Since 1968, Nantucket Looms has been proud to represent our local craftspeople. We carry the works of over seventy different artisans, including painters, potters, basket weavers, jewelry makers and wood carvers. To honor those whose unique creations reflect the natural beauty and history of our beloved island, we will highlight an artist on our website every month. This month, meet jewelry maker Megan Anderson.
Tucked away in her mid-island studio amidst the trees and the chirping of birds, Megan Anderson creates beautifully, intricate and colorful designs. It is clear to see this is her happy place - a place of tranquility and creativity. Growing up in Seattle, Megan was interested in crafting from an early age. "I think I made my first sale when I was seven years old. I used to make friendship bracelets and sell them at swim meets for candy money". After attending the University of Washington, where she studied graphic design, Megan took a break from her creative work. "I left school to travel. I really kind of hung my art up on the shelf for a while. The graphic design program was very competitive. There was a lot of very harsh criticism. I needed a break from it".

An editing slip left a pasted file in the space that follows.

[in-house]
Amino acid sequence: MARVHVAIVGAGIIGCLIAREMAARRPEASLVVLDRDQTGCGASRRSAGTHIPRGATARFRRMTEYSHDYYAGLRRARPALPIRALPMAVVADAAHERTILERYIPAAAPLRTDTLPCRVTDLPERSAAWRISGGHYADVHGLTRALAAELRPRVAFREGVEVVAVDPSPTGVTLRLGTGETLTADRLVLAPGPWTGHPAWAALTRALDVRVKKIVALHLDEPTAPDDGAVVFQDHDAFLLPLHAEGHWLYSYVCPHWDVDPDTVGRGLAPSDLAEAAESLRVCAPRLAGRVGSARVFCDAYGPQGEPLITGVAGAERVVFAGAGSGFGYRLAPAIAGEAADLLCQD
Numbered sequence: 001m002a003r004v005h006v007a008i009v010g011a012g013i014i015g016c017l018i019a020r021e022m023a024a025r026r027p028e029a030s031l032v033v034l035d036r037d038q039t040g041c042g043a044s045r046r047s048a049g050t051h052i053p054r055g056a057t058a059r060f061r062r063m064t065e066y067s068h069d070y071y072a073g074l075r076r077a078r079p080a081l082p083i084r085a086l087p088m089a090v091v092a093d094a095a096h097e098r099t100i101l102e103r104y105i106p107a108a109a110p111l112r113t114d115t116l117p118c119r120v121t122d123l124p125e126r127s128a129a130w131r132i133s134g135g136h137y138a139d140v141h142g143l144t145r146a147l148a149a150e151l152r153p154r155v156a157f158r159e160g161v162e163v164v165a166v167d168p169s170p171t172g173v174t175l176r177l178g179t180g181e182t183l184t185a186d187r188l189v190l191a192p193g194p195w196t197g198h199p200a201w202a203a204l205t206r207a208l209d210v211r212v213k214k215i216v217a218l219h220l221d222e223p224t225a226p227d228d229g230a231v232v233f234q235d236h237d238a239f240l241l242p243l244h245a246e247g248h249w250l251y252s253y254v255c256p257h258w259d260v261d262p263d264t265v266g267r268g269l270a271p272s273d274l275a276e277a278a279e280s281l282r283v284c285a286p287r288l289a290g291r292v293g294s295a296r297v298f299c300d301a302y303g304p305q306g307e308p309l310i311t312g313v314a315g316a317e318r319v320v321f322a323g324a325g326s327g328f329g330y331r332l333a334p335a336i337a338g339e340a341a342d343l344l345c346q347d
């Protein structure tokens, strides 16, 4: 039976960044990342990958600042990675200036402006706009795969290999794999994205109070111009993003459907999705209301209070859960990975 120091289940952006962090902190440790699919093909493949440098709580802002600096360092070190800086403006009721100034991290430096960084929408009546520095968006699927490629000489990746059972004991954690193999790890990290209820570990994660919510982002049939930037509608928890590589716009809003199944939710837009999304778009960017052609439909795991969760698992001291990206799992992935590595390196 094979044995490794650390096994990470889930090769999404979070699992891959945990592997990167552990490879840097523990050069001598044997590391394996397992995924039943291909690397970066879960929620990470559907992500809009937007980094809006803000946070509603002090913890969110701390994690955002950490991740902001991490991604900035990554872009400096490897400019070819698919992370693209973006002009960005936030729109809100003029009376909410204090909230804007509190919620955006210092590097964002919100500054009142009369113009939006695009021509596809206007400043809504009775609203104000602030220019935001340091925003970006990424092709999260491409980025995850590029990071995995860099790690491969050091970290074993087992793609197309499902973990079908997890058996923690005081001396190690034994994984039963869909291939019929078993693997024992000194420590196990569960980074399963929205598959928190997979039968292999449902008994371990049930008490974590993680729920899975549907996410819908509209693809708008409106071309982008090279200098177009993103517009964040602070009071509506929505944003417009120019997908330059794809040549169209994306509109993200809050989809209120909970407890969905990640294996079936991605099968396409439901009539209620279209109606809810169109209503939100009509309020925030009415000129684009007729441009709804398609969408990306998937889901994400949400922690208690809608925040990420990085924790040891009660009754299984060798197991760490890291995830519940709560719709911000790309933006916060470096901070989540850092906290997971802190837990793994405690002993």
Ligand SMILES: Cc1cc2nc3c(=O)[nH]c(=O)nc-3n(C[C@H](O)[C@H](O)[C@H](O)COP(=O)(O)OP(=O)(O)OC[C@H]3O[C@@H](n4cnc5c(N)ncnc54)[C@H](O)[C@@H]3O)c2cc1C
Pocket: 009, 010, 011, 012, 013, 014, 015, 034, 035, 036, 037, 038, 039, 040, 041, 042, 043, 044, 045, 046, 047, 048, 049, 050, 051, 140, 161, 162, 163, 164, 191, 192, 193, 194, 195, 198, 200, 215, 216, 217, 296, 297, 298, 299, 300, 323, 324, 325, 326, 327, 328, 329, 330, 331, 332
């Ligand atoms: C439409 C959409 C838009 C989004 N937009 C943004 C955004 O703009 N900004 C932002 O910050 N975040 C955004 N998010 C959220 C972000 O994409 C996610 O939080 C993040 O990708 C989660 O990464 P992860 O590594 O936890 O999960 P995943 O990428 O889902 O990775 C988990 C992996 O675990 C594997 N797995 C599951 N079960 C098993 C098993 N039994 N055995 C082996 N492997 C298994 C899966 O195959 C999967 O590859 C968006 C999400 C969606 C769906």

A solo back-packing trip around South and Central America, Mexico and East Africa was the first major influence on the work Megan now creates. However, it was not until after her travels that she found her way back to art. One winter spent in Jackson Hole, Wyoming turned into 12 years and Megan found herself working in finance. She began creating art again, selling her pastel work at local fares. When she took a metal smithing workshop with the artists association, she felt an immediate connection to this style of work. "The instructor said - you've done this before - but I hadn't!"
When she came to Nantucket ten years ago, Megan brought her jewelry making business with her and although the original influence for her work came from her travels, she now finds inspiration in the peacefulness of Nantucket's natural landscape. Upon talking to Megan, it is evident that the whole process of creating her beaded mosaic pieces is an almost spiritual experience for her. "I find that sitting in the sand helps me reconnect to the ground. I take my shoes off, sit and quiet my mind. I let it go wherever it goes and I get a lot of ideas. When I'm working on my jewelry, that's when my mind is clear. It's almost meditative".